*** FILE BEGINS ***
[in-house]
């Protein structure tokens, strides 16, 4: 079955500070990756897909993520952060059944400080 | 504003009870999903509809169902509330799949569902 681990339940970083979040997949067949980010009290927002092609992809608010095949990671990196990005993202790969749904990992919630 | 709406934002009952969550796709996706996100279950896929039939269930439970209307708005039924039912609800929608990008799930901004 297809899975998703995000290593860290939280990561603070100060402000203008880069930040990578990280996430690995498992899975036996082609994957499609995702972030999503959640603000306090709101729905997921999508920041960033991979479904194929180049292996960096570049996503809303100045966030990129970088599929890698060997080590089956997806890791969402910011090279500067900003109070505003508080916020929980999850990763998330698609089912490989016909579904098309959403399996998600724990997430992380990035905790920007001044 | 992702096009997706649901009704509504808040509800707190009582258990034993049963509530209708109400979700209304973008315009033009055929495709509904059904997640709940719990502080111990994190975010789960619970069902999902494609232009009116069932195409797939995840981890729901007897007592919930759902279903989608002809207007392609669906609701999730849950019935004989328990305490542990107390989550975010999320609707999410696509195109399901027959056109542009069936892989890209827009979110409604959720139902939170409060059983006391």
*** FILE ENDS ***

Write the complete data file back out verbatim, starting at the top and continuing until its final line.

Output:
[in-house]
């Protein structure tokens, strides 16, 4: 079955500070990756897909993520952060059944400080 | 504003009870999903509809169902509330799949569902 681990339940970083979040997949067949980010009290927002092609992809608010095949990671990196990005993202790969749904990992919630 | 709406934002009952969550796709996706996100279950896929039939269930439970209307708005039924039912609800929608990008799930901004 297809899975998703995000290593860290939280990561603070100060402000203008880069930040990578990280996430690995498992899975036996082609994957499609995702972030999503959640603000306090709101729905997921999508920041960033991979479904194929180049292996960096570049996503809303100045966030990129970088599929890698060997080590089956997806890791969402910011090279500067900003109070505003508080916020929980999850990763998330698609089912490989016909579904098309959403399996998600724990997430992380990035905790920007001044 | 992702096009997706649901009704509504808040509800707190009582258990034993049963509530209708109400979700209304973008315009033009055929495709509904059904997640709940719990502080111990994190975010789960619970069902999902494609232009009116069932195409797939995840981890729901007897007592919930759902279903989608002809207007392609669906609701999730849950019935004989328990305490542990107390989550975010999320609707999410696509195109399901027959056109542009069936892989890209827009979110409604959720139902939170409060059983006391």